No, these people already understand the urgency that we face as the global temperatures rise and extreme weather patterns intensify. The activist networks that comprise the climate movement already realize what is at stake, and truly understand that protests and direct action are the most effective forms of resistance to these threats.

In the late 1960s, Nixon campaigned and won the presidency, in part due to appealing to what he called the ‘silent majority’, those who weren’t active in the anti-war and civil rights movements, and took a much more moderate stance. Today, I am writing for a different ‘silent majority’: the two-thirds of US residents who believe that the effects of global warming will occur during their lifetimes. Those who are aware of the issues of climate change, and believe that it needs to be solved, but don’t fully understand the crisis unfolding in front of us.

You might read articles in the Climate section of ThinkProgress and sign petitions on MoveOn, urging our politicians in the United States and throughout the world to act on climate issues. When Election Day approaches, you scan campaign websites, researching the environmental positions of each candidate. You might feel like you are doing your part, participating in the democratic process. Maybe you even recycle, or bring reusable bags when you shop, or donate money to organizations that are fighting for climate action. But we are at a point where this alone is truly not enough.

While you are looking at scientists and politicians for the answers, contributing donations, votes, and petition signatures, they are gazing back hoping that you raise your voices. The truth is, we don’t have as much time as you might think. We already see pictures of the polar ice caps liquidating, buildings being destroyed by the strongest storms we’ve seen in centuries, and reports of temperatures rising all over the world.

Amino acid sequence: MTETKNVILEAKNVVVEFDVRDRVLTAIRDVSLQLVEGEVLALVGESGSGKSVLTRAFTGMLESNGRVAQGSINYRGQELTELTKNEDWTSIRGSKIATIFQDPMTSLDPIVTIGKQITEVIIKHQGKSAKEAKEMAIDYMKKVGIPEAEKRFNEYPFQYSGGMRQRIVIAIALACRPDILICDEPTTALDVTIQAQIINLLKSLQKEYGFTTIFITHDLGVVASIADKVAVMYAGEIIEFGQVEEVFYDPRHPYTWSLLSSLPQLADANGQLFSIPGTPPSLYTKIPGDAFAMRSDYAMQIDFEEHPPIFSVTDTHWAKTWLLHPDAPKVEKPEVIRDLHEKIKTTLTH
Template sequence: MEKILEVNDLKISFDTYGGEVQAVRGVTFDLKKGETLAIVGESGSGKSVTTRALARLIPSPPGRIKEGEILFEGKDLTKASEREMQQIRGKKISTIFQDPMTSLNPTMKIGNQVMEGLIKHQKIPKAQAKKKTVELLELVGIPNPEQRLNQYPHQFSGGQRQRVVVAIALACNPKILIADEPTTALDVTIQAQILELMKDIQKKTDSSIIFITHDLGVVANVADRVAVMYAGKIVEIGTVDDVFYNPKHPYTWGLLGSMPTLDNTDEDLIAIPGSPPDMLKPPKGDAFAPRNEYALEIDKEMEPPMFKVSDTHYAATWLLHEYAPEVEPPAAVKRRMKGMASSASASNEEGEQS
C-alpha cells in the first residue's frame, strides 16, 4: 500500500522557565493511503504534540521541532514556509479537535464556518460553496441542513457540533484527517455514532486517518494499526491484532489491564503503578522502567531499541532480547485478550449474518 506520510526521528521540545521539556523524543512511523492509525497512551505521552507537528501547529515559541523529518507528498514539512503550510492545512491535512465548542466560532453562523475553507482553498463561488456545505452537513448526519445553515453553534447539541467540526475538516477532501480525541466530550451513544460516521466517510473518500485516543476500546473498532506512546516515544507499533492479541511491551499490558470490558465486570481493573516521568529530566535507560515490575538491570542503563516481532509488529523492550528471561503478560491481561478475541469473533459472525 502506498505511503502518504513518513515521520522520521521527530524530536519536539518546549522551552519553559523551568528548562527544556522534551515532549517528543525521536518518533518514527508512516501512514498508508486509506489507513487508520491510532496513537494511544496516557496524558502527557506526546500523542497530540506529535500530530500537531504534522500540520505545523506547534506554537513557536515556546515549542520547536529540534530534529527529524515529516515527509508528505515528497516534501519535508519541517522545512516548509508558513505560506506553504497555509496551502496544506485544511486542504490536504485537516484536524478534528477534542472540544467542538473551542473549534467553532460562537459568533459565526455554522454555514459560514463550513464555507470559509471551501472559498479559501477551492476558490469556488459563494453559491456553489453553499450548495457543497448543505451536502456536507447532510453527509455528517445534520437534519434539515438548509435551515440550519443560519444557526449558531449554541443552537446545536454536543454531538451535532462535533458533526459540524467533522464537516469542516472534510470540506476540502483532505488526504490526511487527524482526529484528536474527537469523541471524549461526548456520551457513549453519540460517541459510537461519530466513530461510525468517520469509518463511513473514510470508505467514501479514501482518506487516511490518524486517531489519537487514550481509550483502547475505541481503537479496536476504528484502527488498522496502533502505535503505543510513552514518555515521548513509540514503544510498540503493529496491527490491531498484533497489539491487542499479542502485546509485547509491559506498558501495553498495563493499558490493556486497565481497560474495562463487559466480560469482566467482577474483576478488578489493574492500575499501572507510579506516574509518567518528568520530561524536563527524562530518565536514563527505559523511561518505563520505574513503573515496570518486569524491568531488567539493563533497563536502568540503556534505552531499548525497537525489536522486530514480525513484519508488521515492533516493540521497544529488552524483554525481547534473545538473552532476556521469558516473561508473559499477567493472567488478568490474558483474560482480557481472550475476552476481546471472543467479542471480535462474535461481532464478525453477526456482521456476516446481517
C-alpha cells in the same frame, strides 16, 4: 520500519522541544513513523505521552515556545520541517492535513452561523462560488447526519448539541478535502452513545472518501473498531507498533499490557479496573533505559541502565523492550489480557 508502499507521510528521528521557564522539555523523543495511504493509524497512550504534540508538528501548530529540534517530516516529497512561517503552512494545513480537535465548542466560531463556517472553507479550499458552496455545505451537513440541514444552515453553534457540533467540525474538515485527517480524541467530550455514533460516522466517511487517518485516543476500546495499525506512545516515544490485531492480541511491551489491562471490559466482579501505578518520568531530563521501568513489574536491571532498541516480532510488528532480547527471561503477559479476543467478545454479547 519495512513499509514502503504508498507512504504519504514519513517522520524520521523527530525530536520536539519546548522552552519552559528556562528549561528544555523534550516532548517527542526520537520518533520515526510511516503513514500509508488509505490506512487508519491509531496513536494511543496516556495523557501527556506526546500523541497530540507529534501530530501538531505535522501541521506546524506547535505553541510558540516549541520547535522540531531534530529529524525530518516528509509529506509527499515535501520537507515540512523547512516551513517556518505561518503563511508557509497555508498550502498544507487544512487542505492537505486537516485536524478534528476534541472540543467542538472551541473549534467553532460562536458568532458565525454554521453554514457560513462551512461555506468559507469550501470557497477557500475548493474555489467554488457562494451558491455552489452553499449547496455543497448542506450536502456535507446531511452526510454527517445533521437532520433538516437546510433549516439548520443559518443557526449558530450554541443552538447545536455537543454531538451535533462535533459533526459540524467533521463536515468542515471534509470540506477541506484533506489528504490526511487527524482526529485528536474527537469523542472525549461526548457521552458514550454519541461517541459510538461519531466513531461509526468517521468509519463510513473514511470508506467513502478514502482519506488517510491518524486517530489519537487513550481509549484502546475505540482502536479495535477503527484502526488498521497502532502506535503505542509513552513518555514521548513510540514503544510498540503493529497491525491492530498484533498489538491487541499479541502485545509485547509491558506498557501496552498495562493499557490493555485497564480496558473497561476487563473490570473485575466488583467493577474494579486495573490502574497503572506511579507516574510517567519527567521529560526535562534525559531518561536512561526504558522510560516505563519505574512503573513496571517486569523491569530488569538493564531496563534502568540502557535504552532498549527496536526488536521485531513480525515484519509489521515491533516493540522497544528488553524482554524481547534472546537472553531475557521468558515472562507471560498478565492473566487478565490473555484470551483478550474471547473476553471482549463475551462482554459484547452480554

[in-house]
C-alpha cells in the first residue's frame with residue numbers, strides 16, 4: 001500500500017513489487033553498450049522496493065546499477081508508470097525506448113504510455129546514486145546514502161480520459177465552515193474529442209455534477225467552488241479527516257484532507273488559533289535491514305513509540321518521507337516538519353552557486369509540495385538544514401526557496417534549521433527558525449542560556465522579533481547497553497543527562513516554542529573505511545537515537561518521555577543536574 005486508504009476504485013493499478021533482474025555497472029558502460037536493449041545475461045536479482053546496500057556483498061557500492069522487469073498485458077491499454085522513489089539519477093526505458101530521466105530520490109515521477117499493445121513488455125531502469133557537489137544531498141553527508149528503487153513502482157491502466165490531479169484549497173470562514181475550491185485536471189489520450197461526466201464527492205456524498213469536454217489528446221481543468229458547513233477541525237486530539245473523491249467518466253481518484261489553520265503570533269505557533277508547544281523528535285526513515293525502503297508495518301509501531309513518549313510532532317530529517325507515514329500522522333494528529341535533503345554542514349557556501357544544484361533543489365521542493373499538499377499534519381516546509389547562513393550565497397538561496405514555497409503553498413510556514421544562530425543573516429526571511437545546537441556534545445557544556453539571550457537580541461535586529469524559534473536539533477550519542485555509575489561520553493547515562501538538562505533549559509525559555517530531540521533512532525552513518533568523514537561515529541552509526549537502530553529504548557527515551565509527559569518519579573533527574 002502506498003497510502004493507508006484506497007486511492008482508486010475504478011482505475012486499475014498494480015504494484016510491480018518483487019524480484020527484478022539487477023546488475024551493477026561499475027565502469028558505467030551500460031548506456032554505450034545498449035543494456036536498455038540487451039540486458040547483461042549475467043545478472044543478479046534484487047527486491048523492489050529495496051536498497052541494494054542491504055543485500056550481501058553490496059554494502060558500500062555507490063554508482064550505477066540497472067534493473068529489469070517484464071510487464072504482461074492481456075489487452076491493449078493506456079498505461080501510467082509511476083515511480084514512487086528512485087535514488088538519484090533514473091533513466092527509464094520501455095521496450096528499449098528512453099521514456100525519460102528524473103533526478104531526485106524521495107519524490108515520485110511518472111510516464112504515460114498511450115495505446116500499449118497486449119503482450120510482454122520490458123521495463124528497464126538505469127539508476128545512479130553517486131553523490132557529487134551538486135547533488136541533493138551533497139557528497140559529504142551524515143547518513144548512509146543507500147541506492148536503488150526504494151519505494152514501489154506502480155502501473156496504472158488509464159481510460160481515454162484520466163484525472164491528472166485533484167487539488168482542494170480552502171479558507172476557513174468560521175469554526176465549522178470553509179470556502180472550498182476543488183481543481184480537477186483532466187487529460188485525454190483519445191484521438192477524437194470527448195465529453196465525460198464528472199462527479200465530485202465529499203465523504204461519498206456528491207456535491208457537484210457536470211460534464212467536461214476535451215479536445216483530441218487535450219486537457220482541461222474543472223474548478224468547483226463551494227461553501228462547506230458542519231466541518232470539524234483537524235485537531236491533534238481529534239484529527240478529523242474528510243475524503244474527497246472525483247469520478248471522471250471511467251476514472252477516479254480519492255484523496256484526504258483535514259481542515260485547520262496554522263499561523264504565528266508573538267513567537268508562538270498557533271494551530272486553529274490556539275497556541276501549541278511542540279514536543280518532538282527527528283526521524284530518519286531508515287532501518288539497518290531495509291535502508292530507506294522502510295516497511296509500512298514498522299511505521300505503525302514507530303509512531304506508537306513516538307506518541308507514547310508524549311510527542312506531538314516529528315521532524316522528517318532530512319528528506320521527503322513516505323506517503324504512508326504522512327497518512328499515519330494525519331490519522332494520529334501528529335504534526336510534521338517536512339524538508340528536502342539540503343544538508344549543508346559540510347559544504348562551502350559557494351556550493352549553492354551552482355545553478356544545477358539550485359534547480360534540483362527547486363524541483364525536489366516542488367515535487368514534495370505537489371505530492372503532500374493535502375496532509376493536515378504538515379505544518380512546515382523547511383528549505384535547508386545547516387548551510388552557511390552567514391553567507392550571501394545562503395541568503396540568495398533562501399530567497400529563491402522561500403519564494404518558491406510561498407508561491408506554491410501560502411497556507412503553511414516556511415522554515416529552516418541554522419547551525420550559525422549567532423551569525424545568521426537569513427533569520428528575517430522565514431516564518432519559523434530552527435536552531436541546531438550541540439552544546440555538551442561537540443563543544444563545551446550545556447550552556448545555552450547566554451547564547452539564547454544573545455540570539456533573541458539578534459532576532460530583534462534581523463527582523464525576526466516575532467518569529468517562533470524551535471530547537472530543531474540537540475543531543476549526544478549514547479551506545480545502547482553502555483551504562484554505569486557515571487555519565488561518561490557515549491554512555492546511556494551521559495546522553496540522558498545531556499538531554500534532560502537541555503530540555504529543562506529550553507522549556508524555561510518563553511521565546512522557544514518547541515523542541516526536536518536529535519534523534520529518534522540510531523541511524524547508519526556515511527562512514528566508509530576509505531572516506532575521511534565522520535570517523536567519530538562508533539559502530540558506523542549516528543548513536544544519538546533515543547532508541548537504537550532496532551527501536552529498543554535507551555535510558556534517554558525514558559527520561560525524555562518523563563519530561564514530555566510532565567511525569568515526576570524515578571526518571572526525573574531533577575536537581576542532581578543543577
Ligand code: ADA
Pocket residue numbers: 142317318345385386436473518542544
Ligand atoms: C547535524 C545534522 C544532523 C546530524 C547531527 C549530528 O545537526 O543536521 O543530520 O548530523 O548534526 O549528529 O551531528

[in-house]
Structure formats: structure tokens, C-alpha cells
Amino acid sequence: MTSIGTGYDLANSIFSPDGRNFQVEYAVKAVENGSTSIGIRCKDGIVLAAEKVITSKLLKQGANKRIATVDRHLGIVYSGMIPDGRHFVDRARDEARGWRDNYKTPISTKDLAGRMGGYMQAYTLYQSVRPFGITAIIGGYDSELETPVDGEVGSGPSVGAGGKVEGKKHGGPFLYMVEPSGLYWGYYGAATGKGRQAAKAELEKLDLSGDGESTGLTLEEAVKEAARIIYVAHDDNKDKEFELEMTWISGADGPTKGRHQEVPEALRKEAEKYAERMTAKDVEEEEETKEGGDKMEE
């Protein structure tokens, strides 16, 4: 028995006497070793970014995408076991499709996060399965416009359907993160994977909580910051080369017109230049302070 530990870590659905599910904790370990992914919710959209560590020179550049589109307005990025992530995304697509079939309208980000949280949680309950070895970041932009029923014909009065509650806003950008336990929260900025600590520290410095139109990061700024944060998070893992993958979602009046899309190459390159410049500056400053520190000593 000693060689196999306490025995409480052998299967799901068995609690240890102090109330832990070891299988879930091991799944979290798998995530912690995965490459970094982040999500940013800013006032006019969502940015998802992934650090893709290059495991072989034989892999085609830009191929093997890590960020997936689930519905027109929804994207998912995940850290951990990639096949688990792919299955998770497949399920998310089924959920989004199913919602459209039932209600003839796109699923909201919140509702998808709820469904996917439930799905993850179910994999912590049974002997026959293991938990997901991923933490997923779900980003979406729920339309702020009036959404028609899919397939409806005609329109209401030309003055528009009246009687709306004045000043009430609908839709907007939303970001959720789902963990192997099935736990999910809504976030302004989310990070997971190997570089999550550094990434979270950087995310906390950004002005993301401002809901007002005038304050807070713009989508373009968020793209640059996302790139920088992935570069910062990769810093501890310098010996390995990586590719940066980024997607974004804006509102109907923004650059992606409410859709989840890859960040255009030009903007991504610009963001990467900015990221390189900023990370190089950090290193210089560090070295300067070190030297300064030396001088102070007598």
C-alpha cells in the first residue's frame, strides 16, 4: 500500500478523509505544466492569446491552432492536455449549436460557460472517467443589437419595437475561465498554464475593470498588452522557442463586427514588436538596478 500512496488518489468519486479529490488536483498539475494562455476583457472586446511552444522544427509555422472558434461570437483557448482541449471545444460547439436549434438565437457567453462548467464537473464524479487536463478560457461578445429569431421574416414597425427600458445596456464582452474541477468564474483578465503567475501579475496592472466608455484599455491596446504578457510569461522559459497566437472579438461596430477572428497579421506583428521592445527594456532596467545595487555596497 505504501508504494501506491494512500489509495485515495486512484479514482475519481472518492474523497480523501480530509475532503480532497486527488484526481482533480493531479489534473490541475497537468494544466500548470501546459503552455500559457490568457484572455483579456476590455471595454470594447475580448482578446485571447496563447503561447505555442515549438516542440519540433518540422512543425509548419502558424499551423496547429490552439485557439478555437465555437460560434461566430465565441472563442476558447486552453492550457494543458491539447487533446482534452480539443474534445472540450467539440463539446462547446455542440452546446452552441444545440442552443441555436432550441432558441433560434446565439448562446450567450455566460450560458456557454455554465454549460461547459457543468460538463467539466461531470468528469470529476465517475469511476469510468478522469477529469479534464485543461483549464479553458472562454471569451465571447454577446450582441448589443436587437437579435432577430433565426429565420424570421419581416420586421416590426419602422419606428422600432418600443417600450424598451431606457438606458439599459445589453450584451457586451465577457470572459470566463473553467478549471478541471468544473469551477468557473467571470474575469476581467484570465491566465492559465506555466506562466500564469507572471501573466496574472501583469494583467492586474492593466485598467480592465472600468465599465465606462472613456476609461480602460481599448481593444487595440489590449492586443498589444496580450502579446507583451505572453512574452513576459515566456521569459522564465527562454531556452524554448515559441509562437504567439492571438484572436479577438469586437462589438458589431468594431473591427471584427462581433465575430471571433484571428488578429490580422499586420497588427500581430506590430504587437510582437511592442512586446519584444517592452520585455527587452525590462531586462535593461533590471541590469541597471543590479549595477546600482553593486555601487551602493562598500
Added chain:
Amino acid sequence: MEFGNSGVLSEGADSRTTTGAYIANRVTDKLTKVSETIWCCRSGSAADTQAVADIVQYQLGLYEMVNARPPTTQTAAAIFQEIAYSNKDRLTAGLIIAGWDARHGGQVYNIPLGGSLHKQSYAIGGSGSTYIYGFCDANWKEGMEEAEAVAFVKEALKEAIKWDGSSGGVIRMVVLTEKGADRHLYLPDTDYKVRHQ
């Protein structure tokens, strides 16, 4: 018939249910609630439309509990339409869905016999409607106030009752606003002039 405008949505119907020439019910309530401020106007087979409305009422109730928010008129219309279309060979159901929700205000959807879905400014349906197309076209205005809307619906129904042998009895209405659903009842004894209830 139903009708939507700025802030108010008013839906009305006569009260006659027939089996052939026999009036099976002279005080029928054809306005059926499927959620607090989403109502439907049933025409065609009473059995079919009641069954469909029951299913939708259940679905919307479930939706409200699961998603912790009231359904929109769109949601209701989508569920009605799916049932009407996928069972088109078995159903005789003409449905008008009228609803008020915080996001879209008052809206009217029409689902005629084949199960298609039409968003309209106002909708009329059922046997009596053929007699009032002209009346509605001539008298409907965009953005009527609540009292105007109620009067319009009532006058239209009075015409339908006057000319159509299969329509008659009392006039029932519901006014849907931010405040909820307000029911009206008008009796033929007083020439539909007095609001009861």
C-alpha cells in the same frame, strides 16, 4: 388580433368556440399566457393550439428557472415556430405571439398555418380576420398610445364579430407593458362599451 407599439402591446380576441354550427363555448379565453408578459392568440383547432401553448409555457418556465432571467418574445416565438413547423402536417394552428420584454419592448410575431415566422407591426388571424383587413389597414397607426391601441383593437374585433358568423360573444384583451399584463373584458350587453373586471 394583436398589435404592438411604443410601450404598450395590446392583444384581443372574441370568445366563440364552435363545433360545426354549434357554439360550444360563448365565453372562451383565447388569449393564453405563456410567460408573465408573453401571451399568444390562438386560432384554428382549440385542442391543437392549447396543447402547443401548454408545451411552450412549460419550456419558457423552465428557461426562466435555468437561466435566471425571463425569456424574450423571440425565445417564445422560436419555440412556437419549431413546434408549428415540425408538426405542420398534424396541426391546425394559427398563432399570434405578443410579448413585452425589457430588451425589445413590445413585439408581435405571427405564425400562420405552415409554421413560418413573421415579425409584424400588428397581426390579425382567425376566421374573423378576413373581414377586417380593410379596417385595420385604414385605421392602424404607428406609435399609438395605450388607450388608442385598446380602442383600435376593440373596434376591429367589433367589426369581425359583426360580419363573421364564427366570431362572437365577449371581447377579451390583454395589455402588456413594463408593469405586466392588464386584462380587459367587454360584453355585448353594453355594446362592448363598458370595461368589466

The National Climate Assessment released in May by the White House, states that we need to take action now, as the climate has already changed significantly, with strong storms like Hurricane Sandy and serious droughts like what we are witnessing in California signaling the beginning of the end. The UN Intergovernmental Panel on Climate Change also released a report last September that we only have 30 years left before our “carbon budget” is spend. A third report, from the Canadian group Our Horizon, states that we only have 16 years before greenhouse gases lead us to a tipping point that will be impossible to recover from. Whether or not we agree on exactly how long we have left, there is consensus that this process is intensifying and will not be stopping anytime soon, which will be devastating for our entire planet.